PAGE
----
Wednesday, August 22, 2007

Kate Jennings/MORAL HAZARD

Fiction can sometimes go where journalism has a hard time getting access. With hedge funds falling like flimsy card houses in the wind, there's new interest in what's going on behind the scenes among the movers and shakers. This 2002 novel offers an impressionistic and concise view, runs only 175 pages, and is written with a published poet’s precision of language. It's a semi-autobiographical account by Kate Jennings, an Australian poet and novelist whose friends got her a job as a speechwriter to support an older husband with Alzheimer's.

Her feel for language, her impeccable sense of pitch and her engaging, tough-minded tone take the reader on quite a ride as her protagonist, Cath, learns the ropes at “a firm whose ethic was borrowed in equal parts from the Marines, the CIA, and Las Vegas. A firm where women were about as welcome as fleas in a sleeping bag.”

The novel spans six years and is made up of two intertwined, complementary narratives. Each concerns a failure of memory -- Cath's husband Bailey’s on the one hand, the banking industry’s on the other. Bailey’s cognitive decline is told with sensitivity and skill. The bankers are sketched deftly and colorfully. Bailey’s crisis ends in death. The banking industry’s crisis almost blows up the entire financial system, although the perturbation scarcely is noticed by the general public and nothing really changes.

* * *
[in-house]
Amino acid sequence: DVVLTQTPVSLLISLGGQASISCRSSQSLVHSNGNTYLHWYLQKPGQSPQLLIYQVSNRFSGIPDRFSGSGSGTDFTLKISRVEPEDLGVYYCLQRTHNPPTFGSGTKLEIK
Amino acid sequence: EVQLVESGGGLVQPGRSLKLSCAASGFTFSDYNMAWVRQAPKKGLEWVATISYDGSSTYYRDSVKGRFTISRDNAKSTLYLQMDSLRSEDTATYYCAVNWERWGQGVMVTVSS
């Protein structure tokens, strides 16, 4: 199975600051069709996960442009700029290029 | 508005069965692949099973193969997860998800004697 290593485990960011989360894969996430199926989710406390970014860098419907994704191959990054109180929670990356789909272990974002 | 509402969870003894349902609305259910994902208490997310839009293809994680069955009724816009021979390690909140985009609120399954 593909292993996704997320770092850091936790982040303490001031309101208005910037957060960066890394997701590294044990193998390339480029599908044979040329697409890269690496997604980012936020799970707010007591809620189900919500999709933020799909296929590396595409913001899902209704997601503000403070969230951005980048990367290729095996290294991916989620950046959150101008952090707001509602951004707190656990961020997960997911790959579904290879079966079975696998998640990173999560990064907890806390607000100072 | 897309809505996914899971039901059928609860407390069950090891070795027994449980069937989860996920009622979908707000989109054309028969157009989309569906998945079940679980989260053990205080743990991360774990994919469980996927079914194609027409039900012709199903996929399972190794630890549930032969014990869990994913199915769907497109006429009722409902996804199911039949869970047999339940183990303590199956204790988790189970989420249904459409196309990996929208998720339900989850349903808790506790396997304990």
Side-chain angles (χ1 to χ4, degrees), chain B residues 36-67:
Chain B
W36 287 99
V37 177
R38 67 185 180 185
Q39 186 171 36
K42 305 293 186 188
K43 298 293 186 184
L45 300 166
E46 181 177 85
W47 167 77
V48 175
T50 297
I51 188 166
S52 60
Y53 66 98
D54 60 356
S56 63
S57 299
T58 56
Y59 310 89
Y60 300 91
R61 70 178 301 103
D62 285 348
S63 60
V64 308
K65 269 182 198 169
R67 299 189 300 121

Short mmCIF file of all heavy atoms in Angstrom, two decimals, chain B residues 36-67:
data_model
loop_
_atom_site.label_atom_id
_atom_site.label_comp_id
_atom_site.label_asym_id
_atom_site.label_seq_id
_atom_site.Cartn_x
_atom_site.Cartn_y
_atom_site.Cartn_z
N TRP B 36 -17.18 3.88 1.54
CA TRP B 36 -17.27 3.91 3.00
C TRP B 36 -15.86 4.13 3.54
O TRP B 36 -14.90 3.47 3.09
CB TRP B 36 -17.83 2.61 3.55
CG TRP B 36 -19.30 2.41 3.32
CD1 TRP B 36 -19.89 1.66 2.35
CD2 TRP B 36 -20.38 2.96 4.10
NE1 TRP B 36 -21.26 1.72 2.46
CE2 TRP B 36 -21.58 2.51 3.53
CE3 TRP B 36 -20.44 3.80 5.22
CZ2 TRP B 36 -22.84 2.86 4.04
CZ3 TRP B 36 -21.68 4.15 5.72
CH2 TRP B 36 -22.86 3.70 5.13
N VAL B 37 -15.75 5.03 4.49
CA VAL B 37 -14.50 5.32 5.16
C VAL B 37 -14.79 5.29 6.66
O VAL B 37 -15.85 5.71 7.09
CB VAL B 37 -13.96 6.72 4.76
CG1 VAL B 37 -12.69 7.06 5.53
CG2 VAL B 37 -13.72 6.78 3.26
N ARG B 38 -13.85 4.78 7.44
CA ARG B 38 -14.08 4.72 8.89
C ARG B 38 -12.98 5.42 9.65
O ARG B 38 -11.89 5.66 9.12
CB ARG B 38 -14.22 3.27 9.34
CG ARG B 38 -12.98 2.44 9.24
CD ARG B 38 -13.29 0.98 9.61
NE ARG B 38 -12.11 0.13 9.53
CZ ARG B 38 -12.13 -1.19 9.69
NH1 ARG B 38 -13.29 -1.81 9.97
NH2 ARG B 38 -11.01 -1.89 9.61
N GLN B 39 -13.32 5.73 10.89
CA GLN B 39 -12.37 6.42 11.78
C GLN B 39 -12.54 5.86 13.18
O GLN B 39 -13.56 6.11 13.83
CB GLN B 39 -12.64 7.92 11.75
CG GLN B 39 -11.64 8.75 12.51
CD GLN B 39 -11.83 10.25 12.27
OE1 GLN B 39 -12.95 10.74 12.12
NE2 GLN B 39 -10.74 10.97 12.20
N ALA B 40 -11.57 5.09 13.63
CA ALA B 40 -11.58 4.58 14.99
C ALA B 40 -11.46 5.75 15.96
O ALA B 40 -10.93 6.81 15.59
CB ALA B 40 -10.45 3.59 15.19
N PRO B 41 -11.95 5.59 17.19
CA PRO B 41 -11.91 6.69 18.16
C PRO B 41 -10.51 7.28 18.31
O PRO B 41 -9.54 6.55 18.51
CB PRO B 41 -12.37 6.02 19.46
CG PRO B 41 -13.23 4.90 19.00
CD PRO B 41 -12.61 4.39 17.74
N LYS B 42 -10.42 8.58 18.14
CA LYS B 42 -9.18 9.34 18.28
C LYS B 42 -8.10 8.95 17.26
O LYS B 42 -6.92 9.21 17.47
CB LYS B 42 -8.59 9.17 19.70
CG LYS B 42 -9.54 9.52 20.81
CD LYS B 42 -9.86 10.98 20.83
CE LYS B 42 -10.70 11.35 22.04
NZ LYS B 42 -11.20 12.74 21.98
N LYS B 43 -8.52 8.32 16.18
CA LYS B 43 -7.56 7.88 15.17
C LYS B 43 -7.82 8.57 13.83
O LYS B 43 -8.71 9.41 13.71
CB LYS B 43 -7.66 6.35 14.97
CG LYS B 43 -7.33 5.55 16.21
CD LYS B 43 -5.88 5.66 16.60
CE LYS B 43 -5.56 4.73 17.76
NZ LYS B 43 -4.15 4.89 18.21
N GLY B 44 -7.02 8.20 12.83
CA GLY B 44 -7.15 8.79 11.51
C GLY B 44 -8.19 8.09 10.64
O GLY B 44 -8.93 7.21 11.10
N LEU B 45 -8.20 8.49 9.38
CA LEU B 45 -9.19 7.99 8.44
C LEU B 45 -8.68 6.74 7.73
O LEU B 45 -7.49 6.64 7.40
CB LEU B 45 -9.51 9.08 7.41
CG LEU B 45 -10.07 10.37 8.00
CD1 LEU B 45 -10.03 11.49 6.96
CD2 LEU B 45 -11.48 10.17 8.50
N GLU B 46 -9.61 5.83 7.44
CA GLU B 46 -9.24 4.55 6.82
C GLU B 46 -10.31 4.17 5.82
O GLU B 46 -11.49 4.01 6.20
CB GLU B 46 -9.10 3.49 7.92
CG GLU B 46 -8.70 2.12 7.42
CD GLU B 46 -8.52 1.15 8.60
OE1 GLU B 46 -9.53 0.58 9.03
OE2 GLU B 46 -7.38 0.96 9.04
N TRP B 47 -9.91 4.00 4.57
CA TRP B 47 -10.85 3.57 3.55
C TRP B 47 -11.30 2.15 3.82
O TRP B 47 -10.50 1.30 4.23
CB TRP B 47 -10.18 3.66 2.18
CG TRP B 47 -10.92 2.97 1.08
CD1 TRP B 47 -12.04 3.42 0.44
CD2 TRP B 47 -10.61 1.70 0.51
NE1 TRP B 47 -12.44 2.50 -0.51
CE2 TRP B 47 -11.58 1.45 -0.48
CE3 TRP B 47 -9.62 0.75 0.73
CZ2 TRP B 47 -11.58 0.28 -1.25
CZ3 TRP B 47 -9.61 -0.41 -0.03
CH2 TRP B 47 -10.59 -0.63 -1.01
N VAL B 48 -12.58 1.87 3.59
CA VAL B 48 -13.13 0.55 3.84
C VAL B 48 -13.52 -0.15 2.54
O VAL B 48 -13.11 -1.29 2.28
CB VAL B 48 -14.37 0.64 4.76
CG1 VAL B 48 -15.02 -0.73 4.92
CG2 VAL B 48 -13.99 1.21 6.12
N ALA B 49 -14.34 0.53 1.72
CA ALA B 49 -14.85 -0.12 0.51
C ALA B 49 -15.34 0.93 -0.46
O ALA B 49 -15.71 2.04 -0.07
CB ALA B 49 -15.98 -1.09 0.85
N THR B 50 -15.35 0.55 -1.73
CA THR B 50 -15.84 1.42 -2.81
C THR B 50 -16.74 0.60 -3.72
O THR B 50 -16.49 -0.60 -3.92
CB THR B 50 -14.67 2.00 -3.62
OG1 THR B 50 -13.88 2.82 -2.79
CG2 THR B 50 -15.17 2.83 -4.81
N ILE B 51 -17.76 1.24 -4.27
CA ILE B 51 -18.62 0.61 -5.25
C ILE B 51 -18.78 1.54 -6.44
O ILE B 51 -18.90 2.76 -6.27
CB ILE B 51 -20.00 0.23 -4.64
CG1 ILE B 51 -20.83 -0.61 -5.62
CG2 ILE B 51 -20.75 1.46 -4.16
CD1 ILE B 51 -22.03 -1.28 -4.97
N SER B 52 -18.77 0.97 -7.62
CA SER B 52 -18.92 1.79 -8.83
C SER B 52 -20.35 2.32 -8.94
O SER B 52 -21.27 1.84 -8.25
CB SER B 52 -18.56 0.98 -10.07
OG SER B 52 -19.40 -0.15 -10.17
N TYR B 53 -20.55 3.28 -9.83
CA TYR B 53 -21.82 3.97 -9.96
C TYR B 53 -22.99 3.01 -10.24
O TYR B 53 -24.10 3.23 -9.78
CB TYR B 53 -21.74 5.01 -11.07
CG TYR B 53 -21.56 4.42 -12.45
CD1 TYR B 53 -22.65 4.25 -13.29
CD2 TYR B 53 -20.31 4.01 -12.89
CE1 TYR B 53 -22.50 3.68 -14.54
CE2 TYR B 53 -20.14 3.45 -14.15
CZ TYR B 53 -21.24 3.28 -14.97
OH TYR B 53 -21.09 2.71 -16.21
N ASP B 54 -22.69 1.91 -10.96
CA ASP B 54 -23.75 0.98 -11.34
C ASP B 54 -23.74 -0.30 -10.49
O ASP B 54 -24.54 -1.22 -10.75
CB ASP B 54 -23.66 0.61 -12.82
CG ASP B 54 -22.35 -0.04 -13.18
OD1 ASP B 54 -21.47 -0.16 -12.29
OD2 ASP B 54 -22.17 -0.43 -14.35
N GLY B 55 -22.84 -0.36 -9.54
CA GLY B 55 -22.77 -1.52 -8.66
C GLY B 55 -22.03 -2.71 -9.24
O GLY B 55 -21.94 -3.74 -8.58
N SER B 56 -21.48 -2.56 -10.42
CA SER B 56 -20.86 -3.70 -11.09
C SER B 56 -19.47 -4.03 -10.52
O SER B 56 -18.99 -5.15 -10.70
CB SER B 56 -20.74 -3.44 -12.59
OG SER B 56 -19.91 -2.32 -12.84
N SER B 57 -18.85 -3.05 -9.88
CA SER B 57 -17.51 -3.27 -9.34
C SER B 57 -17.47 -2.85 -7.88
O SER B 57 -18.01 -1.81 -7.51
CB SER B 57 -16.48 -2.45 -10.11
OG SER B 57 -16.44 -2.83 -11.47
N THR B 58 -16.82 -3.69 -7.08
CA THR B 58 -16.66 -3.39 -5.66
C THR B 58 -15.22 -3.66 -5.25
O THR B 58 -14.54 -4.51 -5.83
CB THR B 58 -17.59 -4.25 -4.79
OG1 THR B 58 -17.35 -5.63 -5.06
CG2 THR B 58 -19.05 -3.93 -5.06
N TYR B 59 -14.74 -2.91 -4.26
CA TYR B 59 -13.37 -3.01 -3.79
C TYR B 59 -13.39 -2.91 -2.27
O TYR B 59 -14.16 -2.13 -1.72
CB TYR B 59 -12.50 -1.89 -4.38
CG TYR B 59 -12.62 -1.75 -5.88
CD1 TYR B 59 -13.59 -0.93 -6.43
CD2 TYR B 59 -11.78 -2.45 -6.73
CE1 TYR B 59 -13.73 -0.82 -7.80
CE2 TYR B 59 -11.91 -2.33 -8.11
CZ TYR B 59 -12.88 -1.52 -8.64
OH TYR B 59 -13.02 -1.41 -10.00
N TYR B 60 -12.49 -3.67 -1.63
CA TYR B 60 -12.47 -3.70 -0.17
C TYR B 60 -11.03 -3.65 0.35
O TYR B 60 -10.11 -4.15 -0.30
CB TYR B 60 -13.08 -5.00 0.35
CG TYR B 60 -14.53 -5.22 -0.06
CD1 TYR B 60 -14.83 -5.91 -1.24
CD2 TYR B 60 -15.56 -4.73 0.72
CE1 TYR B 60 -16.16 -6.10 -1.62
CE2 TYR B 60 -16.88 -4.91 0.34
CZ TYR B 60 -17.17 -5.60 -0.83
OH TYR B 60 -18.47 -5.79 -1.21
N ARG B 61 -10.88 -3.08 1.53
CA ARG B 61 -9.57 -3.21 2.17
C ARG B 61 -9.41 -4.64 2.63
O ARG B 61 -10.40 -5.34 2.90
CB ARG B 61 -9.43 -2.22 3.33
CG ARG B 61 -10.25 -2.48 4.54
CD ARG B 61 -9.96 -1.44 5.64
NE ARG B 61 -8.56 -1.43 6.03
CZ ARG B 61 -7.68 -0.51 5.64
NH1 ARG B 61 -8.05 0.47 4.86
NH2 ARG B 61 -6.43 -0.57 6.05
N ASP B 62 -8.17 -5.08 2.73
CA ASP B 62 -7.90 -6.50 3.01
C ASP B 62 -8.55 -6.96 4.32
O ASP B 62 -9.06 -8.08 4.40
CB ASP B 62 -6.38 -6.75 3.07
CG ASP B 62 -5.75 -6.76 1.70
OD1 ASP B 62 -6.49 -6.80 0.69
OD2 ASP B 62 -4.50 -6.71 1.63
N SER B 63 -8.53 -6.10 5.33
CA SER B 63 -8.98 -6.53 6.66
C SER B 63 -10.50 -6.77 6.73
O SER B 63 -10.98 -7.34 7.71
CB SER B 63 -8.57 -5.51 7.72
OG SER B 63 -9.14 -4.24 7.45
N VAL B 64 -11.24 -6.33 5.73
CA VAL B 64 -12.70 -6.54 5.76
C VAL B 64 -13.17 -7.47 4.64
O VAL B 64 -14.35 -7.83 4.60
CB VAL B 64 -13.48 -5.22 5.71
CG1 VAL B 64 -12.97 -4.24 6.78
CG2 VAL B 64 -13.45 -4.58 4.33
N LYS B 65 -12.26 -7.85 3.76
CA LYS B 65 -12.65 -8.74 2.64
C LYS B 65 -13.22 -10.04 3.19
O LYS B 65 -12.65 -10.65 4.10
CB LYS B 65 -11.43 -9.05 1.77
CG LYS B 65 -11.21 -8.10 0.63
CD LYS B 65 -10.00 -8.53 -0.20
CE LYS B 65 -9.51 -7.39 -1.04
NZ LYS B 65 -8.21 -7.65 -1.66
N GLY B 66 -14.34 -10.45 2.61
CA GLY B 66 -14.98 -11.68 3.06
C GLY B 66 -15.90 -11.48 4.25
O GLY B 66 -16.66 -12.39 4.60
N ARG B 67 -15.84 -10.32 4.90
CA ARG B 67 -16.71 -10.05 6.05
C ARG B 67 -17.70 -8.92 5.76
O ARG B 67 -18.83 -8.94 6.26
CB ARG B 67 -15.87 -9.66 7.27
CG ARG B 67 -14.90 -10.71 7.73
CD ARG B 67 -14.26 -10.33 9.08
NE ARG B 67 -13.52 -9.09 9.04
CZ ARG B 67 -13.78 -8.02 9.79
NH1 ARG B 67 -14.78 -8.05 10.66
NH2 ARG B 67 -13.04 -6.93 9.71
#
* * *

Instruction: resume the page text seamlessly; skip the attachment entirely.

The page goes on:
The hedge fund collapse in the book was modeled on Long Term Capital Management. The spectacular demise of LTCM in 1998 was an eye-opener for industry insiders, but after a bailout arranged by the Fed it was quickly forgotten.
“To date, no follow-up. Nothing. Nada. As if afflicted with Alzheimer’s, the Fed remains adamant that banks can police themselves. Deregulation rackets along like a runaway train, banking lobbyists clinging to its side, climbing into the cab, waving from the windows, hollering in their exhilaration. Hoo-ha.”
The book is a powerful, frightening indictment of Wall Street and its institutional failure of memory, and every time I read the financial pages these days, I hear that "Hoo-ha." It's not at all reassuring.

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